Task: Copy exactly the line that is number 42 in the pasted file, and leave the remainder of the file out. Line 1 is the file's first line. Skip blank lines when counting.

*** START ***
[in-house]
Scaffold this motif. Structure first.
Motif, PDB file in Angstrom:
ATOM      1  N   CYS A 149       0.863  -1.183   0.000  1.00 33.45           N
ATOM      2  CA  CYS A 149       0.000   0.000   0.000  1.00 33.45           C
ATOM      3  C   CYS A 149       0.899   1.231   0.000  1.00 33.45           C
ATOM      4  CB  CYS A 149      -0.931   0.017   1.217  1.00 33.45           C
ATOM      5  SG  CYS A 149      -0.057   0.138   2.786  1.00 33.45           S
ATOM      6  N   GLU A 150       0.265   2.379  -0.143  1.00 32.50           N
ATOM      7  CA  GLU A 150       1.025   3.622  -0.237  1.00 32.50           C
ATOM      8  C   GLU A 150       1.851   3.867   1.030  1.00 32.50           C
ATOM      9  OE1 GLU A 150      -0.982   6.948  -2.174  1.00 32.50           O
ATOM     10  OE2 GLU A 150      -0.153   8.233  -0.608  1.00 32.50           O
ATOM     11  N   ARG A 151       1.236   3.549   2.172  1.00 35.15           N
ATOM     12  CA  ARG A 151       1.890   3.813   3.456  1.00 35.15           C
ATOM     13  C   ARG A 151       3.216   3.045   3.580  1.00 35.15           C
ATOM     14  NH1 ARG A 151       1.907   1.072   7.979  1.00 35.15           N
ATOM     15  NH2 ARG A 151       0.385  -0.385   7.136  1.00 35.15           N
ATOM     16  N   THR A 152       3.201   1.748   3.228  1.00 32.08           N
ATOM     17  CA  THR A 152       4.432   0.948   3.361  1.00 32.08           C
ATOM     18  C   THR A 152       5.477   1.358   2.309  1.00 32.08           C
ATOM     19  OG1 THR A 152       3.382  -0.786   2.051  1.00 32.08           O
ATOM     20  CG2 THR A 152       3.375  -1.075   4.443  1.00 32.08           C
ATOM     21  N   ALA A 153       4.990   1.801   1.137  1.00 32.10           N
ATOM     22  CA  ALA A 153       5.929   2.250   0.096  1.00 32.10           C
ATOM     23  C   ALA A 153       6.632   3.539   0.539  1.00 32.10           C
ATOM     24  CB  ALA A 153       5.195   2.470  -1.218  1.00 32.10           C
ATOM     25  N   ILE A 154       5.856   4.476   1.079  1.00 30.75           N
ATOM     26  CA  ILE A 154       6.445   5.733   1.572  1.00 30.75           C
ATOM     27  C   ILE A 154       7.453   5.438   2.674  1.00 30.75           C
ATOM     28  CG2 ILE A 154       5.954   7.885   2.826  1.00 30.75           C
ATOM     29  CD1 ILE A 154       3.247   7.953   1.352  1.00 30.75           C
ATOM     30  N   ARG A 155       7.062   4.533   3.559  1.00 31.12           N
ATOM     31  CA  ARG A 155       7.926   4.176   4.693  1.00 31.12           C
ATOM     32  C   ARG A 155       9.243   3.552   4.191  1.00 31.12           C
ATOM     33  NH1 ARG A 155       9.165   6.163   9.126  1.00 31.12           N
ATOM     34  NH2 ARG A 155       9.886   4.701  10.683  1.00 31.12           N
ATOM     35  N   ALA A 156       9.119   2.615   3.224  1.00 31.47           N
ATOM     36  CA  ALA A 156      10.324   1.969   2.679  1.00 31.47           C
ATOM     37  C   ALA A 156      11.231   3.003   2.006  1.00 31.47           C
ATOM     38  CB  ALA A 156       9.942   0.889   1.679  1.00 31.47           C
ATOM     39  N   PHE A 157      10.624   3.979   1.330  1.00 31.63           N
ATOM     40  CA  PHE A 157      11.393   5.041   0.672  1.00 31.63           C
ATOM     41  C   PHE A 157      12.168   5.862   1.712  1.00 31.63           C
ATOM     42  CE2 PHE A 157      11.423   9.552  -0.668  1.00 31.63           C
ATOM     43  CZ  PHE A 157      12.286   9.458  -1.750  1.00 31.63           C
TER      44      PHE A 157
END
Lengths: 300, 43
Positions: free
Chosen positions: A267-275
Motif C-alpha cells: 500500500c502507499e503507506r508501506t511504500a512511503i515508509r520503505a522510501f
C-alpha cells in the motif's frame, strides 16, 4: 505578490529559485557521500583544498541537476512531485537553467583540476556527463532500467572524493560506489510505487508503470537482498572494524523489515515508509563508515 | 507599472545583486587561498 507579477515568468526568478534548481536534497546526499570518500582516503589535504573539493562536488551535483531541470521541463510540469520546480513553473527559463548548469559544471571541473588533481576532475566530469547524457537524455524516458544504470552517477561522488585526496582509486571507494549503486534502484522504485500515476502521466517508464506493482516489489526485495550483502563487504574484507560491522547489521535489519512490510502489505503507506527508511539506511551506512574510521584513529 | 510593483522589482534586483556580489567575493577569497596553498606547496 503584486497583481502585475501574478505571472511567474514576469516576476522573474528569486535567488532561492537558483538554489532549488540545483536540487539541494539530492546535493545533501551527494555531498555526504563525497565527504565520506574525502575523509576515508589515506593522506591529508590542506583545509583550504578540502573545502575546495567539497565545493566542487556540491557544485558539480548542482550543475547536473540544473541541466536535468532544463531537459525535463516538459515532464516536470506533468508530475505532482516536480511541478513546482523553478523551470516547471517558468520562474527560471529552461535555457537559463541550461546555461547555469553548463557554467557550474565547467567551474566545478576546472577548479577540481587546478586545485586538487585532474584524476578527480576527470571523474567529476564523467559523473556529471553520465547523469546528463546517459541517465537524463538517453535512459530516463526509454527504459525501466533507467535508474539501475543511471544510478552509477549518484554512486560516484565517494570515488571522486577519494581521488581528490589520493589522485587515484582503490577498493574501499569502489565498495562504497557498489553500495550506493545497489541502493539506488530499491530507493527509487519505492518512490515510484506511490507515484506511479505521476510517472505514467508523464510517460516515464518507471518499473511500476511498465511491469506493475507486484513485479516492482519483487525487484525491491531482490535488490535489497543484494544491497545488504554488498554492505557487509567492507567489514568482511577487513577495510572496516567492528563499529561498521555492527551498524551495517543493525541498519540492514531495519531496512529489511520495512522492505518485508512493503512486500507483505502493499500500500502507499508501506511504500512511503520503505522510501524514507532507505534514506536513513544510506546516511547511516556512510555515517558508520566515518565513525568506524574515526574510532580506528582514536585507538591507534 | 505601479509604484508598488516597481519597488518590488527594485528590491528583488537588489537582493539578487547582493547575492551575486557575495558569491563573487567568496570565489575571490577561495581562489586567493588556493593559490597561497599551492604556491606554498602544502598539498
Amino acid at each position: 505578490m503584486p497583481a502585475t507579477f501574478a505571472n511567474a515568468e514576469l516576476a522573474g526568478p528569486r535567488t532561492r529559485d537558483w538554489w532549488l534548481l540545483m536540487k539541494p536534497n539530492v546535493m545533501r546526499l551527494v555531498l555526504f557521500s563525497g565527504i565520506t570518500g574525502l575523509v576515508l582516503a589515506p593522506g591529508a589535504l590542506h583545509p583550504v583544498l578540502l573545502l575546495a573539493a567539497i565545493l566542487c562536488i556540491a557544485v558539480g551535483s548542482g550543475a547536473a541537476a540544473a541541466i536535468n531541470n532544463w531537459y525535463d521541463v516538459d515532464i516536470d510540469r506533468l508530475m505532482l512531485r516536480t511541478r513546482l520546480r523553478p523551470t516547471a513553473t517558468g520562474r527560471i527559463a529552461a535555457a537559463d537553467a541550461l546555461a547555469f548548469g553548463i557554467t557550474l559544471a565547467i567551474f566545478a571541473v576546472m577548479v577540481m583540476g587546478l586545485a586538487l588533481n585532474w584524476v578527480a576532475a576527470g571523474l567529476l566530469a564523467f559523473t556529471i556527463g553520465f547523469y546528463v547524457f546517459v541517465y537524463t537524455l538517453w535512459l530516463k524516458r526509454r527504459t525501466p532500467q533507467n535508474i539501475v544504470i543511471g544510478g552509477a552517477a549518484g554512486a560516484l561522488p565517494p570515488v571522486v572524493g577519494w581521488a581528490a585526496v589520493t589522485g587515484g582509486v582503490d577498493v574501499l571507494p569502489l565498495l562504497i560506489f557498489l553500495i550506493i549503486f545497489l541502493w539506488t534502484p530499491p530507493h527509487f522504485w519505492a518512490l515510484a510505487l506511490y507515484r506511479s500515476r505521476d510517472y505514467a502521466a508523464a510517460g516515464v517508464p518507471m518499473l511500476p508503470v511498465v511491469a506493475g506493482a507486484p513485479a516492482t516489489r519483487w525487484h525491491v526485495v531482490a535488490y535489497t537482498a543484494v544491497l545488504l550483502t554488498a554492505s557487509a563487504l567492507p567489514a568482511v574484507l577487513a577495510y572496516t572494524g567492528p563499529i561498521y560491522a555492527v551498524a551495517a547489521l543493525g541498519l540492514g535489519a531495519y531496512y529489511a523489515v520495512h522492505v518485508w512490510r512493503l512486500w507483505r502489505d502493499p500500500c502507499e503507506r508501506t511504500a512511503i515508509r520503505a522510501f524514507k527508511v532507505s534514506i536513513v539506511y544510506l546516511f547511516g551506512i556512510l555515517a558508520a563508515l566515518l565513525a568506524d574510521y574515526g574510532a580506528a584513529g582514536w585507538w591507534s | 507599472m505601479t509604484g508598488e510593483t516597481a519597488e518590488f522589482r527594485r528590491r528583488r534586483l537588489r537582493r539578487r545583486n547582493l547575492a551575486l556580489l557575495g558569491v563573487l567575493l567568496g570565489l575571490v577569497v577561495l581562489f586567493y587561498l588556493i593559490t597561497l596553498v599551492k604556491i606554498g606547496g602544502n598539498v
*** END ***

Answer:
ATOM     39  N   PHE A 157      10.624   3.979   1.330  1.00 31.63           N